What do you think? Does this make the list more or less representative of what eBook fans are reading?

Vanity Fair Comes to iPad

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It’s not a book, it’s a magazine, but it’s like a book in that it’s got pages–and it’s going digital. Vanity Fair announced today that it will be launching its iPad edition starting with the June issue. It will be available as an app. The initial purchase–the app and the June issue–will cost $4.99, then subsequent issues will be $3.99.

This iPad digital version will include every page of the issue, ads and all, plus a handful of enhancements, such as videos from photo shoots, extra photos, and digital only articles. And there will also be fancy, digital exclusive ads! Lookout!

Here’s a peek at the app from The New York Times, which reports the app/issue, feature Emma Watson of the ‘Harry Potter’ films, will be out Thursday.

Richard Nash Explains Cursor, Leaves Readers Curious

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The inimitable Richard Nash spilled a few of the beans behind his current venture, Cursor, in an interview with the UK publication The Literary Platform.

So let me say here: each community is also a publishing imprint, one that will publish one to two books a month. So, for Red Lemonade, the first community/imprint based on the Cursor platform, each of these books will be published digitally—both in the cloud, and as a download—and mechanically, as a limited edition and as a trade paperback original, this trade edition being distributed in the conventional manner by leading distributors around the world (details of authors, distributors, etc., to be announced at Book Expo America) and all editions being promoted with galleys, co-op, review copies, hustling, moxie, and my own brand of pimpin’ and hoin’.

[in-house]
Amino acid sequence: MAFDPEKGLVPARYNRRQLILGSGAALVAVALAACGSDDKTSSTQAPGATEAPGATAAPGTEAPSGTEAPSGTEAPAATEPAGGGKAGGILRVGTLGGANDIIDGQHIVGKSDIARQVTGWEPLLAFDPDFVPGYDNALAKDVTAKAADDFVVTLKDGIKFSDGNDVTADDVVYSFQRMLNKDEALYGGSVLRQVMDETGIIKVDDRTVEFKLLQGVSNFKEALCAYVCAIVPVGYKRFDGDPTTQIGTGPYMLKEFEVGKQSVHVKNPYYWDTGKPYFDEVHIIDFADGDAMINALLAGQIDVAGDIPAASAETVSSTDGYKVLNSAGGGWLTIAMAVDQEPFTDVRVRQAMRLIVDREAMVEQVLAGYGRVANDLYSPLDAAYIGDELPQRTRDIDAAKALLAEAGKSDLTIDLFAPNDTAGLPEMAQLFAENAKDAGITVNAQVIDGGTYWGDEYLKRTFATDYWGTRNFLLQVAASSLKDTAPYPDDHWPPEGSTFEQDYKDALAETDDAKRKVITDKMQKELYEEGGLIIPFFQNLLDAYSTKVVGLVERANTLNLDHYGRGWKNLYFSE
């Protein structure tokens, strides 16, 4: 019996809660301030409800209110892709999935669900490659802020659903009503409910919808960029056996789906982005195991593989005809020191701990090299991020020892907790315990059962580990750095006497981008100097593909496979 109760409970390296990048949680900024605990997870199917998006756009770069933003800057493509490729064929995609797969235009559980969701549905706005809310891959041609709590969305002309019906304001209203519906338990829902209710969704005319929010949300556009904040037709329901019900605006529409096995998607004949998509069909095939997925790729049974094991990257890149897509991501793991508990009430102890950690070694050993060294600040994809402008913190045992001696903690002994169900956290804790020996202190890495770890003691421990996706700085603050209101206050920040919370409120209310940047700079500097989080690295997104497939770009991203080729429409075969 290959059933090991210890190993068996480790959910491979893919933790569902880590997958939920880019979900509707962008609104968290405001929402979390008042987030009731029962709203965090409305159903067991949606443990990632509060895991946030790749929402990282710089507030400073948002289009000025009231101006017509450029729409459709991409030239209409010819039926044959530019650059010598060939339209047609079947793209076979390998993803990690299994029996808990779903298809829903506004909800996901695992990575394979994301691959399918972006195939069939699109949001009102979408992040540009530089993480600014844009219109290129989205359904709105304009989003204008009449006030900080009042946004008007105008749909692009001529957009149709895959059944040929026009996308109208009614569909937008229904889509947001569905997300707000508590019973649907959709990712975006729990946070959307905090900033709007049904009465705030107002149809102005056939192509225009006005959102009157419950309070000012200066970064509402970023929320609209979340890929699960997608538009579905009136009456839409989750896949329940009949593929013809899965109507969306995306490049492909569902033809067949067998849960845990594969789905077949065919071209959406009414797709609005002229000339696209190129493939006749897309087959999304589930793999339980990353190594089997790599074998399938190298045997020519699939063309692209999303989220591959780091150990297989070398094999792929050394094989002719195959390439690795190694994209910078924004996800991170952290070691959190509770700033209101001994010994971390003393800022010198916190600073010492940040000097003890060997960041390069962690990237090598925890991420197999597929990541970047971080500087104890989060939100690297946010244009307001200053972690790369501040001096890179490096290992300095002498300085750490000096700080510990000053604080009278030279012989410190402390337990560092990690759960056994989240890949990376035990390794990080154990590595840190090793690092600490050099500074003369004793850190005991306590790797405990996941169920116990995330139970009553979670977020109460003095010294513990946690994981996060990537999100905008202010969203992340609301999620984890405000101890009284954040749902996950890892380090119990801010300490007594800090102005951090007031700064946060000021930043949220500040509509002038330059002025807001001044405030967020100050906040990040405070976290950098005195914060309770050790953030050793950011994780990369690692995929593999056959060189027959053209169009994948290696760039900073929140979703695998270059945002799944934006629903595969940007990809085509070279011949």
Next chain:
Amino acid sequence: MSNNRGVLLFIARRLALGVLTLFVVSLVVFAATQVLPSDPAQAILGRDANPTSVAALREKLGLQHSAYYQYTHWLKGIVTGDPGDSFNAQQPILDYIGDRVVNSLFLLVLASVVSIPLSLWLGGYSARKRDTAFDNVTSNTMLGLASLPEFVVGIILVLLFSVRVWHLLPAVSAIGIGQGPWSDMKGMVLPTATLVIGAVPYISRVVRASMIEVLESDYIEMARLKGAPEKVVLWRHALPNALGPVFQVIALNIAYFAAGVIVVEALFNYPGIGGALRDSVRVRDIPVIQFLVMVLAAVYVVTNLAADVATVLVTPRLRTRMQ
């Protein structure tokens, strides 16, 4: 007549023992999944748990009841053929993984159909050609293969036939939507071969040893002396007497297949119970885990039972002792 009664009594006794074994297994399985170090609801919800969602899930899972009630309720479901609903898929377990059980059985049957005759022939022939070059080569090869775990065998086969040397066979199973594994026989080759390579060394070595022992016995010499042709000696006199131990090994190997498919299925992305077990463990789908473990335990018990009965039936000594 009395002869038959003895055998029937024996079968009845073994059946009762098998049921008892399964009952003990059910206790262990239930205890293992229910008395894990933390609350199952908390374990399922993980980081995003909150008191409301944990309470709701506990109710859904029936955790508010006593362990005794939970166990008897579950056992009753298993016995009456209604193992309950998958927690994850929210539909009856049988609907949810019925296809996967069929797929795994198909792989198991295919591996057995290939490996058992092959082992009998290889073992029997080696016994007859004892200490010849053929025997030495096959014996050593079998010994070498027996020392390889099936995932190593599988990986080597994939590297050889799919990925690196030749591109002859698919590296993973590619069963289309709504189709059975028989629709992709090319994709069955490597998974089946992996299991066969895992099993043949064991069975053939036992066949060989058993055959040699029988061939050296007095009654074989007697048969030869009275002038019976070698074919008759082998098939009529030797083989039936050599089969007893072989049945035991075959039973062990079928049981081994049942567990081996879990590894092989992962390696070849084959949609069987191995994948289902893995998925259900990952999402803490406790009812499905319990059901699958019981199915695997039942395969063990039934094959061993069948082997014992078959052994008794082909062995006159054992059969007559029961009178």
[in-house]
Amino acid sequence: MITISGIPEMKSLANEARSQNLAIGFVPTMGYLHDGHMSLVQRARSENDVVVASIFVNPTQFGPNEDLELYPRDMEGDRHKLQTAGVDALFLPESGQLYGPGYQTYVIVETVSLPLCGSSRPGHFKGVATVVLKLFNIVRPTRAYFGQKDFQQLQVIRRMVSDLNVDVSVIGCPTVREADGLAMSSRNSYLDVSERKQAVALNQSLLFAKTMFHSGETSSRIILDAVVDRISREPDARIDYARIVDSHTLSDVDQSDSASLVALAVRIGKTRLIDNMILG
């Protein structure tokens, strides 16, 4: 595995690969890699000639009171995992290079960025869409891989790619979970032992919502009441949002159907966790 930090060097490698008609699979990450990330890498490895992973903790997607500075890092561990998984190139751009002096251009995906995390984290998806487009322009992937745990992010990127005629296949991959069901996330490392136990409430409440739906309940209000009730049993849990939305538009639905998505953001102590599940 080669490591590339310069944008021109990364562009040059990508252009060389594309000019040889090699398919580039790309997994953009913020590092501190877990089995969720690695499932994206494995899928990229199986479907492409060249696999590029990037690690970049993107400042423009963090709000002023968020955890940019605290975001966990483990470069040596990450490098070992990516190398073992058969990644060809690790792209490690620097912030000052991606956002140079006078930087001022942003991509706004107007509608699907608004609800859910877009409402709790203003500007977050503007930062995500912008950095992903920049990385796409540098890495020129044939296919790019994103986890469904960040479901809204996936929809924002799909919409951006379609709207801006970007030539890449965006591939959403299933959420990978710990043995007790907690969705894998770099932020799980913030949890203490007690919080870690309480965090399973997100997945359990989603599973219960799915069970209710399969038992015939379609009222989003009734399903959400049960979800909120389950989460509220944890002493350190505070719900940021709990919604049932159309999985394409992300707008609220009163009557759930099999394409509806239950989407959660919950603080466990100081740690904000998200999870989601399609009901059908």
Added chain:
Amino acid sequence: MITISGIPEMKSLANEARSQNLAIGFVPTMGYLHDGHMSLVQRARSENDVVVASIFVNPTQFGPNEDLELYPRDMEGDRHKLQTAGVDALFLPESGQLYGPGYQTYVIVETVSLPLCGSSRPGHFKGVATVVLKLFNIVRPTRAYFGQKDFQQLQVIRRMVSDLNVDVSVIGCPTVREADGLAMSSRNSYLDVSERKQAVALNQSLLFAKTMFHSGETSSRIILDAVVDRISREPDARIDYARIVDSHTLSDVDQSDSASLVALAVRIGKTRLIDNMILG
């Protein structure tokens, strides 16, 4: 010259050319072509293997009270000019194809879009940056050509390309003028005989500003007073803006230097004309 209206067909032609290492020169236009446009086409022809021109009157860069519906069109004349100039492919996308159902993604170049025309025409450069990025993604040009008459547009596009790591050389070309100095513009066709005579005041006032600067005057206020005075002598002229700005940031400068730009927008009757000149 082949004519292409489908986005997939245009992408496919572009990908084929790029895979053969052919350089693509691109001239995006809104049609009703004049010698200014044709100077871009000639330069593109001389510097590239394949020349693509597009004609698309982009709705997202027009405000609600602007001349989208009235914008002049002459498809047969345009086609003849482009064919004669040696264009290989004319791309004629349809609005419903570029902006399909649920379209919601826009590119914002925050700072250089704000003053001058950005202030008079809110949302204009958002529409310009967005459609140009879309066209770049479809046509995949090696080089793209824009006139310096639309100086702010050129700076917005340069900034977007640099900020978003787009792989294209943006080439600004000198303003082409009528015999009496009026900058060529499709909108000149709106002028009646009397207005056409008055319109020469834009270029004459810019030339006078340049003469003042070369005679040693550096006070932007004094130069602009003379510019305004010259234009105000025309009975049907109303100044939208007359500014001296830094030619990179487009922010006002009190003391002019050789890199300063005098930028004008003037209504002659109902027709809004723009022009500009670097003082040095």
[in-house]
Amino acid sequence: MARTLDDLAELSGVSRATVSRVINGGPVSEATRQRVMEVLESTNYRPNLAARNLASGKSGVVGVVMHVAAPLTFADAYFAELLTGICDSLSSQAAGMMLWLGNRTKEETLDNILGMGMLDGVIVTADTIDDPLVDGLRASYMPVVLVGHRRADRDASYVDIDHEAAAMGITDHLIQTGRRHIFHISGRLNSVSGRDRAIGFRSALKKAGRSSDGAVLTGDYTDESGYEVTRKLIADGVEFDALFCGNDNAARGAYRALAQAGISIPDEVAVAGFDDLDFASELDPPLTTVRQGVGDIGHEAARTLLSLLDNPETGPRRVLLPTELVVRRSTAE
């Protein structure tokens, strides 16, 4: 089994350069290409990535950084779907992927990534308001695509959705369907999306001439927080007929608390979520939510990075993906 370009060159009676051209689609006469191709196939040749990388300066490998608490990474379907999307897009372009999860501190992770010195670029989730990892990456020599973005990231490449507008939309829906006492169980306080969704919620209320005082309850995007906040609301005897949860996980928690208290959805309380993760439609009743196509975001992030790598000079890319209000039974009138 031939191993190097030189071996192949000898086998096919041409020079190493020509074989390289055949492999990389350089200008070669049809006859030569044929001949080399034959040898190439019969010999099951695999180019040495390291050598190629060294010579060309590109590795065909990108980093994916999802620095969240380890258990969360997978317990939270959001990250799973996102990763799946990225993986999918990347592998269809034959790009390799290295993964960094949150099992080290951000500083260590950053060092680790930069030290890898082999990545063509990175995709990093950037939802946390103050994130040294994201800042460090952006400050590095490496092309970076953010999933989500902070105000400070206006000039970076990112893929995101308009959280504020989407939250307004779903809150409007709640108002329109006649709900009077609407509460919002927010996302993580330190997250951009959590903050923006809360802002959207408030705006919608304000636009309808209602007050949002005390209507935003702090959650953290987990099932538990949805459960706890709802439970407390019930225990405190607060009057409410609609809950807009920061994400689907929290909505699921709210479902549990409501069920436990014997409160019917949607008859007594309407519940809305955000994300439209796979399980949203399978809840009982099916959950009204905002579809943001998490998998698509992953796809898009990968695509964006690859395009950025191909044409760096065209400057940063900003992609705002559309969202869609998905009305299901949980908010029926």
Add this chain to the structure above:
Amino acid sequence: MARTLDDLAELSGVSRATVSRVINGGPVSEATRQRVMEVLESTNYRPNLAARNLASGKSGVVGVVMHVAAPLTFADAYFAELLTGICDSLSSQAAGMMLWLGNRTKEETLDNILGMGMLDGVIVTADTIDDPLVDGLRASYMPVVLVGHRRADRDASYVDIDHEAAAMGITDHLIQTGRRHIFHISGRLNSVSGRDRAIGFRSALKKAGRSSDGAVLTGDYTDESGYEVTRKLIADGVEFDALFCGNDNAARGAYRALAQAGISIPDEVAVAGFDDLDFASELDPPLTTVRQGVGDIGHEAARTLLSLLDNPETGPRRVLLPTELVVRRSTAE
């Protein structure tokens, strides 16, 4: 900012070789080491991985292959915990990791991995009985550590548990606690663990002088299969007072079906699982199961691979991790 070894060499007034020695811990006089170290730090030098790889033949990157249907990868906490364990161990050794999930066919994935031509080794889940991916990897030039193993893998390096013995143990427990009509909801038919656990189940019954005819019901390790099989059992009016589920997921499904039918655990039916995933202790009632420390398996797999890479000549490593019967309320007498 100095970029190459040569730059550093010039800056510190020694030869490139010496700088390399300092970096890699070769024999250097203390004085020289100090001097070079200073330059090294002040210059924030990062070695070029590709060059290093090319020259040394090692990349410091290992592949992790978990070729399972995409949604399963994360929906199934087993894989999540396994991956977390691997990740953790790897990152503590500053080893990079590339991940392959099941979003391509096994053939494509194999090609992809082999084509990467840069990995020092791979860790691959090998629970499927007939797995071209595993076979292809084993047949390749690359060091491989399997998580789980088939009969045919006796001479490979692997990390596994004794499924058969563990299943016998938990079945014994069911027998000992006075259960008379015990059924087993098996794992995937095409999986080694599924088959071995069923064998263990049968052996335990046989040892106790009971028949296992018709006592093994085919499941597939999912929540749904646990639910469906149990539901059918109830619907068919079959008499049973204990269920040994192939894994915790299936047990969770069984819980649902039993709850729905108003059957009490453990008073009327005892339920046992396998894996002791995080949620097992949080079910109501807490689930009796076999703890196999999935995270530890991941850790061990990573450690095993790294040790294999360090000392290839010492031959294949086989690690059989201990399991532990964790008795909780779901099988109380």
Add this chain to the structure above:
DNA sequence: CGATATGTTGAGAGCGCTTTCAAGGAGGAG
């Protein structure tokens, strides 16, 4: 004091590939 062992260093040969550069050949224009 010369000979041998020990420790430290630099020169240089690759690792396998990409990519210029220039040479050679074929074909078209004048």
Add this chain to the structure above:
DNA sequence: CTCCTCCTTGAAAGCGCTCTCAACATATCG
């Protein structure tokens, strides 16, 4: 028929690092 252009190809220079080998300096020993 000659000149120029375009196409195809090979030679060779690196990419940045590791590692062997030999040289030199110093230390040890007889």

Still, one can’t help but have more questions, or be intrigued. Nash says he’ll say more at BEA.

[Via Publishing Perspectives]

Apple Loses Another iPhone 4

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Keep your eyes peeled, cause iPhone 4 prototypes are turning up everywhere, or at least in two places. Photos of a second iPhone prototype showed up on a Vietnamese Web site, which right now won’t load. But ZDNet has lots of pics.

Remember, this is the one that’s a bit boxier in shape and will most probably launch with iBooks on it. Speculations are high that Apple will launch it in June; rumors have been circulating (this link points to Slashgear) that AT&T has been pushing up customers iPhone upgrade dates to June so that folks can get themselves one of these new-fangled iPhones.

Sarah Palin’s Next Book–Both Print and eBook–Due Out November 23rd

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Sarah Palin’s follow-up to her two-million selling Going Rogue will be called America By Heart, is due out November 23rd. It’s a collection of Palin’s favorite inspirational reading, patriotic documents, and profiles of great Americans according to Mrs. Palin.